Leaving the Roman Road behind we are back on hard-pack gravel on a flat plain that extends until we reach a road that is carved into the rocks. Mini statues of the Virgin Madonna adorn small shrines asking for blessing and safety for travellers. Perhaps we did not give her enough heed as one of our group punctures soon after. Our hopes of a quick fix to the tubular tyre are dashed as the sealant, instead of staying inside the tyre, decides to spray out and give us an impromptu foam party by the side of the road. Once that is cleaned up, we add an inner tube and we are off again.
We are treated to the most gorgeous sunset but it is too soon: we still have narrow paths to navigate that would be too treacherous in the dark. The puncture and subsequent foam party has set us back too much and so the decision is made to leave the Francigena and do the last 20km on road.
Day 4: Sutri to Rome
73 km, 750 m D+
The morning of day four greets us with the view of the hotel which we could not appreciate the night before. Housed in a former convent, the large property is right next to the Francigena so it is a simple few hundred metres of road until we are back on track.
Our first stop of the day seems perfectly named: Cascata di Monte Gelato – the waterfall of ice cream mountain but there is no ice cream and no mountain. There is, however a very relaxing stream and waterfall.
The landscape of Lazio is different again from what we have seen so far. Shallow climbs and false flats abound with the occasional crazy steep ramp. It is up one of these that we must go to enter Campagnano di Roma: 200m at 16% which with the bags on the bikes feels like more.
On some bike packing trips, you suddenly arrive; your journey abruptly ending but not here. the last 20 or so kilometres of flat cycle path allow a long moment of reflection and also satisfaction. As the cycle path meets the Tiber, we roll under bridges, the reflections of the water shimmering on the underside of the arches and the imposing Castel Sant’Angelo looms over the river, dwarfing us as we cycle past.
There is a short staircase, the bikes must be carried and then just a kilometre of Roman road to contend with as we are ejected back into the modern world. we turn a corner and the immense, arrow straight road to Saint Peter’s Basilica is immediately in front of us. The wide avenue is an opportunity for reflection, congratulations, back slapping and, this being the modern world, a selfie or two.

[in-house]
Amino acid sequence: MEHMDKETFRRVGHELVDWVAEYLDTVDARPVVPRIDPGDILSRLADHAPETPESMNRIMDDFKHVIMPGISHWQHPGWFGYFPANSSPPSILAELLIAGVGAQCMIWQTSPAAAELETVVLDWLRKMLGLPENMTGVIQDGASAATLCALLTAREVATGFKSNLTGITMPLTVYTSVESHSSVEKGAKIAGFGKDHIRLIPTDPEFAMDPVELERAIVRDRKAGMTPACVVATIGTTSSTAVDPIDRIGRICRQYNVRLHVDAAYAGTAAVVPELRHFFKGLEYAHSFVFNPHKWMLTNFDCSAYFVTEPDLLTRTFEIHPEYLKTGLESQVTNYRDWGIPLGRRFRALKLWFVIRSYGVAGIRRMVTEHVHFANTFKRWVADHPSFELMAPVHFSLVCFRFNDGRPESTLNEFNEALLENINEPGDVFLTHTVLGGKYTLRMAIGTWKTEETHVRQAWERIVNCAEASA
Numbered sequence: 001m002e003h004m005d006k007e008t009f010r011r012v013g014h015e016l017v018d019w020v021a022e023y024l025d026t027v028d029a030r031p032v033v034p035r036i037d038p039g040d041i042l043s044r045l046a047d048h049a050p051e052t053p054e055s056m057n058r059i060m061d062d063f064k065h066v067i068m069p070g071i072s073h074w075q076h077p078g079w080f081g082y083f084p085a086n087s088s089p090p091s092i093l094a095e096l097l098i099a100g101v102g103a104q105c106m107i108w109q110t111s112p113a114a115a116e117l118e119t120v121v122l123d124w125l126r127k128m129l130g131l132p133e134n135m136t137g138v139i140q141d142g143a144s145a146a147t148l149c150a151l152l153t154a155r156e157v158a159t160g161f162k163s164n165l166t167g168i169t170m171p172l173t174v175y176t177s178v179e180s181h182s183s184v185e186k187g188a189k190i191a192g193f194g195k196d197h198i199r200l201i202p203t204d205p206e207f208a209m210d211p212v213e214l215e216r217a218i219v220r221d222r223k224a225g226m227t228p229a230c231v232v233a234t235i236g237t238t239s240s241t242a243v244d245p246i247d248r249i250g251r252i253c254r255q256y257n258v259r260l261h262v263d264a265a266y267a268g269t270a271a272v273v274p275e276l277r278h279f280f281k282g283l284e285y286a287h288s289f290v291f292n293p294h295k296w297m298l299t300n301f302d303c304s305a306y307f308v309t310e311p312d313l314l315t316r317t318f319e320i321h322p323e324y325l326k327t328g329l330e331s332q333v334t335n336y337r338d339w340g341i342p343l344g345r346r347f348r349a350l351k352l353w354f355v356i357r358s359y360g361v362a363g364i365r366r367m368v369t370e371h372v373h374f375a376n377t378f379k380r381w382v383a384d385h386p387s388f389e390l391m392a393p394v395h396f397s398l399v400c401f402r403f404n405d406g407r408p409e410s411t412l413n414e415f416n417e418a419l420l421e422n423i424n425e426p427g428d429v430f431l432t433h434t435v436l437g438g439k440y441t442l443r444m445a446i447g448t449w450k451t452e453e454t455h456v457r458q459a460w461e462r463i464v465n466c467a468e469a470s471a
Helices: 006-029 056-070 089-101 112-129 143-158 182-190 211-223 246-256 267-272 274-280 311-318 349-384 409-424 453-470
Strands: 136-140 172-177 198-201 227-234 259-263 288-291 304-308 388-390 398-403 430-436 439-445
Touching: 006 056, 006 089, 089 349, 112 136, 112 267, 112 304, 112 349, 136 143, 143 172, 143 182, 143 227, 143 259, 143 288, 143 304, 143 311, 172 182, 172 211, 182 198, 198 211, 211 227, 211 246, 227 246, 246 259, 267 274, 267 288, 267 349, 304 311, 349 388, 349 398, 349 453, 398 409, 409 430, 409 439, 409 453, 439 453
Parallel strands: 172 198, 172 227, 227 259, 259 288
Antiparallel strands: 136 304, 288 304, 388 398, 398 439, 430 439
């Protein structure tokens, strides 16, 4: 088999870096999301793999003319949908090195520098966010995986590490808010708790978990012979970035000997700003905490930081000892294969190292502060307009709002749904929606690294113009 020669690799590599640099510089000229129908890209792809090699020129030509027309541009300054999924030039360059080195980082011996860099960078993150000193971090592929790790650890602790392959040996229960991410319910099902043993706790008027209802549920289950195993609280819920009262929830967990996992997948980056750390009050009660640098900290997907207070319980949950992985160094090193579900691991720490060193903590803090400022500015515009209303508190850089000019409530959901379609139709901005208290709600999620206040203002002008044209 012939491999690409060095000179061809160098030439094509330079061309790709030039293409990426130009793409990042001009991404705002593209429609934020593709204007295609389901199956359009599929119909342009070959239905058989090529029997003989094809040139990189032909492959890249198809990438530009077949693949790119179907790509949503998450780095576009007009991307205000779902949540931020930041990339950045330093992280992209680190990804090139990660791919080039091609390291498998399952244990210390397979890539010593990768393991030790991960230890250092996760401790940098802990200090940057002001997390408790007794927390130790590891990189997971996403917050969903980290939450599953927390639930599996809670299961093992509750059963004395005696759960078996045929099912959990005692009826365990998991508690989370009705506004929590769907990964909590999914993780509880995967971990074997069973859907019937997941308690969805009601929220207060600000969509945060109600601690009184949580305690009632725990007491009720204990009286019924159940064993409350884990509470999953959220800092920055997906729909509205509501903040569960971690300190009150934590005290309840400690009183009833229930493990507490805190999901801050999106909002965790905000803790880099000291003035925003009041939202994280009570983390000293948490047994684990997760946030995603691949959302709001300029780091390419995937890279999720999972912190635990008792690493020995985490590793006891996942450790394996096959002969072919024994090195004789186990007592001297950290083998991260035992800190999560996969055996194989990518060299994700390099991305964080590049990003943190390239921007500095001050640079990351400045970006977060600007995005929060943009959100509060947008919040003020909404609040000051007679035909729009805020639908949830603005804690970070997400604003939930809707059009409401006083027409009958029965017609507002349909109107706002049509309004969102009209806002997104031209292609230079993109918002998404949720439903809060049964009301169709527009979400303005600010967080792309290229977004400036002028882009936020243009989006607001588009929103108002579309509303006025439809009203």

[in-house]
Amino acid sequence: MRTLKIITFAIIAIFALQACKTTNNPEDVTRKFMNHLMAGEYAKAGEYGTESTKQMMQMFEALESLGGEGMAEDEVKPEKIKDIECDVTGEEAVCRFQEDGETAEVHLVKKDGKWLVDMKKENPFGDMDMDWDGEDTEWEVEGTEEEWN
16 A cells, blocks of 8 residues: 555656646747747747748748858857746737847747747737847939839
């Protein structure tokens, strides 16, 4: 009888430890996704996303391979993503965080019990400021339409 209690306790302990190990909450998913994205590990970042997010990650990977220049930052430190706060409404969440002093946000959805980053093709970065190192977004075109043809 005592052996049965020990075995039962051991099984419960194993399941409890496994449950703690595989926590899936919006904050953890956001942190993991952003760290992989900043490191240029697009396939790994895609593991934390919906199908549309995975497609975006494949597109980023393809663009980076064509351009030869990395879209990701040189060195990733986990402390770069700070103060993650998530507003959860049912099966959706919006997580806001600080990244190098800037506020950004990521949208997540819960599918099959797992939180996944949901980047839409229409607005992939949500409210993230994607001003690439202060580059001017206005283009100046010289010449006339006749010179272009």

Photos (and yet more selfies) in front of Saint Peter’s and then we cruise through the city street to our end point, the Portrait Hotel Roma where a cold beer awaits accompanied by a view over the city. Satisfaction in the moment and memories for the future; it is a privilege to ride a route so steeped in history. It is truly a personal pilgrimage, even for those without religious convictions. If you tell people you ride from Florence to Rome, they will immediately have some idea of what you have achieved but as to what you saw, what you felt and what you experienced, the only way to know those things is to experience it for yourself.
On road bikes you travel between human habitations; by necessity following man made roads that join our urban areas. But it is with gravel bikes that we can explore more of the natural world: the waterfalls, the lakes, the less traveled paths…
Whenever we stop, our bikes drew attention and questions: what bikes are those? Are they road bikes? No, they look like they have mountain bike wheels..! It is easy, when immersed in the cycling world to see gravel bikes everywhere. It is the latest thing; everyone has one or wants one. But in these parts of Italy they have yet to enter into the awareness of the general population.
It is on a trip along an ancient pathway that these modern marvels shine: they carry our kit and still provide the fun of a good bike ride.